Custom Message Handler in R Shiny – Resembling insertUI & removeUI

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In April this year, I will have used R Shiny for a year. I am coming from a statistics background and the first programming language I learned was R and then Python. I am using R Shiny almost every week at work and I am amazed by how powerful it can be with no web development knowledge.

Since I started, I integrated shinyjs into my workflow and also a bit of Bootstrap and CSS knowledge. I have also dabbled a tiny bit in some basic JavaScript and jQuery.

I am constantly trying to improve my R Shiny application, in terms of UI/UX and also on the server-side. That is when I came across this excellent book.

In chapter 14, there are some detailed explanations about how to dynamically manage content with custom message handlers. At my current workplace, I just improved an R Shiny app by using insertUI and removeUI instead of renderUI. The book takes it a step further and explains how to dynamically remove and insert content with one’s own handler.

In this tutorial, I will go through the process of resembling the inertUI and removeUI functions in Shiny with my own custom message handler in JavaScript and jQuery.

You can check out the application here. It is nothing exciting. You are just able to dynamically add cards and remove them with a custom message handler.

Let’s jump into it.

First, we will be creating a boot_cards function with the help of Bootstrap that we will dynamically insert.

Creating A Function That Creates the HTML Cards

boot_cards <- function(title = NULL, body = NULL) {
  boot_cards <-
      class = "class = col-md-3 my-cards",
        class = "panel panel-default",
          class = "panel-heading",
          class = "panel-body",


Then we are creating the UI part of the application.

R Shiny Custom Message Handler UI Part

At the head of the document, we put the JavaScript and jQuery code that will dynamically remove and add cards. Then we specify a sidebarPanel() where we will be adding two textInputs(). One where we can specify the header and body of the card. Then, there are two action buttons. One button will delete the last card and the other one will insert a card after the placeholder id. We are also including a script that will tell us if the add button or remove button was clicked.

ui <- shiny::fluidPage(

    tags$head(tags$script(src = "test.js"))

    class = "row",
        id = "sidebar",
        shiny::textInput(inputId = "header_add", label = "Add Title", placeholder = "Title"),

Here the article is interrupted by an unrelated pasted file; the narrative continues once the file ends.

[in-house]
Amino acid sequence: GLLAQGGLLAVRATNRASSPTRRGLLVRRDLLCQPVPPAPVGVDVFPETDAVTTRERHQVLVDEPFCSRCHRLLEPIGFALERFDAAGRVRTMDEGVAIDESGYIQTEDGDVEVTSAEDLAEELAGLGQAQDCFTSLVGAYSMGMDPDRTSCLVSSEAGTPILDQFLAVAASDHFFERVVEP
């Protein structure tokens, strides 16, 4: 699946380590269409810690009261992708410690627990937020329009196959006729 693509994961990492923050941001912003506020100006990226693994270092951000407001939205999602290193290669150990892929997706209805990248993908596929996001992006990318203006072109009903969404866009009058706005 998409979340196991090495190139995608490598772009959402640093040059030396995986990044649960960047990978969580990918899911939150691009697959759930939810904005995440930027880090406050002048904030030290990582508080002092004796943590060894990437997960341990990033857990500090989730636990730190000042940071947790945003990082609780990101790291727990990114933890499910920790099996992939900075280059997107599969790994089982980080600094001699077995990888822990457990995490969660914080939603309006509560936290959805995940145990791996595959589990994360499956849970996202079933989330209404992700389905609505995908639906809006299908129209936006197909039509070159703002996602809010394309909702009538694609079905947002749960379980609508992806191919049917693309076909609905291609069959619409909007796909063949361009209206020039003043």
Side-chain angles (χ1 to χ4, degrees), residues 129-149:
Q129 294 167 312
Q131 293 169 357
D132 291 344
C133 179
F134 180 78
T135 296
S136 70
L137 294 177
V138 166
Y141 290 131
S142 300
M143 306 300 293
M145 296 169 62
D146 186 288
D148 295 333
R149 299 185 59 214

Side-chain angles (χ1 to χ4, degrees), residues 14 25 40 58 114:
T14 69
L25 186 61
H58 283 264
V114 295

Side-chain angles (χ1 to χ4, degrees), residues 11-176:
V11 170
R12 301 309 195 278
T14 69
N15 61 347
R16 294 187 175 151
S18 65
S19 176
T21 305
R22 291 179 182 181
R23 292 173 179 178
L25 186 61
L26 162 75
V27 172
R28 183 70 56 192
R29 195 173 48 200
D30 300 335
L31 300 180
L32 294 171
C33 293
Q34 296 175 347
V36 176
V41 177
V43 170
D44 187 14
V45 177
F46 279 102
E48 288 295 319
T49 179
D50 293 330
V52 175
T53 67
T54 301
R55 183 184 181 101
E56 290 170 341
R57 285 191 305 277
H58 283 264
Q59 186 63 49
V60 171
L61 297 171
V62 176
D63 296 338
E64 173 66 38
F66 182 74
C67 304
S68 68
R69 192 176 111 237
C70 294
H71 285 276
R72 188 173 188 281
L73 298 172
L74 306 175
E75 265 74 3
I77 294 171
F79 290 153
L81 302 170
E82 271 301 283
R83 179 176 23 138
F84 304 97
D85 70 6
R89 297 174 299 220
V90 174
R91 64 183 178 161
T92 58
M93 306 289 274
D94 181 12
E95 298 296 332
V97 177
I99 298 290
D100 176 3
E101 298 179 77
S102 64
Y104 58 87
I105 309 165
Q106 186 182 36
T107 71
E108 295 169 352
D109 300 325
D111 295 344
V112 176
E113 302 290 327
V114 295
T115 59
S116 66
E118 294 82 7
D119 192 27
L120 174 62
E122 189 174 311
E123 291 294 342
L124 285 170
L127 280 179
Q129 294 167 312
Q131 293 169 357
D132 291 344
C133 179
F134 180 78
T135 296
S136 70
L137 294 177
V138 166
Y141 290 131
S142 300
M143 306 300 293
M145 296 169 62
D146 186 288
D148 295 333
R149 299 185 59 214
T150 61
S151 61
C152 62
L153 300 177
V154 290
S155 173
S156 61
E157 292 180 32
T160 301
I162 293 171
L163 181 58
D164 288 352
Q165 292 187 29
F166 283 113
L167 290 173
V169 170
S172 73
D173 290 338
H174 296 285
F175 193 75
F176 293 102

shiny::textInput(inputId = "body_add", label = "Add Body", placeholder = "Body"),
        shiny::actionButton(inputId = "remove", label = "Remove Card"),
        shiny::actionButton(inputId = "add", label = "Add Card")
    div(id = "placeholder")


R Shiny Custom Message Handler – From R to JavaScript

Let’s jump to the server-side. First, we will be creating a cards function. With this function, we will be communicating from R to JavaScript. We will be sending the Bootstrap cards and which button has been clicked (add or remove) to JavaScript. With the help of JavaScript and jQuery, the cards with the appropriate text will be inserted dynamically.

cards <- function(item, button, session = shiny::getDefaultReactiveDomain()) {
    type = 'add-remove-cards',
    message = list(
      card = as.character(item),
      add_remove = button

The function above sends an R list which will be received by JavaScript as JSON. The list is sent to the custom handler we are creating.

$(function() {
  Shiny.addCustomMessageHandler('add-remove-cards', function(message) {
    var card = $.parseHTML(message.card);
    var btn  = message.add_remove
    var card_len = $(".my-cards").length;
    if(btn === "add") {
      if(card_len === 0) {
      } else {
    } else {

We can get the elements of the R list with message.card and message.add_remove. If the add button was clicked and no card has been inserted yet, we will create the first card after the placeholder id. If a card already exists, we will be placing the HTML after the last existing card. If we want to remove cards, we are going to remove the last card. So certainly less flexible than removeUI and insertUI. However, one can adjust the function’s functionality. The custom message handler was added via Shiny.addCustomMessageHandler.

From JavaScript to R – JavaScript method Shiny.onInputChange

Now, we will be discussing how to send a message from JavaScript to R. We can do that with the JavaScript method Shiny.onInputChange.

$("button").click(function() {
    var id =;
    Shiny.setInputValue("button_clicked", id, {priority: "event"})

When a button is clicked, we get the id and will send it to R, which will send it then again to JavaScript. That is not very efficient and I should have included the click event in the previous function so that we do not have to send it from JavaScript to R and then back to JavaScript again. However, I left the code for educational purposes ????

R Shiny Server-Side

Because everything happens in the Browser with jQuery and JavaScript, the server-side is very simple.

server <- function(input, output, session) {

  shiny::observeEvent(input$remove | input$add, {
      item = boot_cards(
      button = input$button_clicked


When either action button is clicked we send the information about what button is clicked from R to JavaScript where we then add or delete the cards dynamically.

Shiny Tutorial You Might Be Interested In

That was the tutorial. I have barely been using JavaScript and this is my first time attempting to create my own handler in R Shiny, so I am sure there are a lot of improvements to be made. If you have any feedback or suggestions for feedback, I would highly appreciate it. Thanks for reading


The post Custom Message Handler in R Shiny – Resembling insertUI & removeUI appeared first on .

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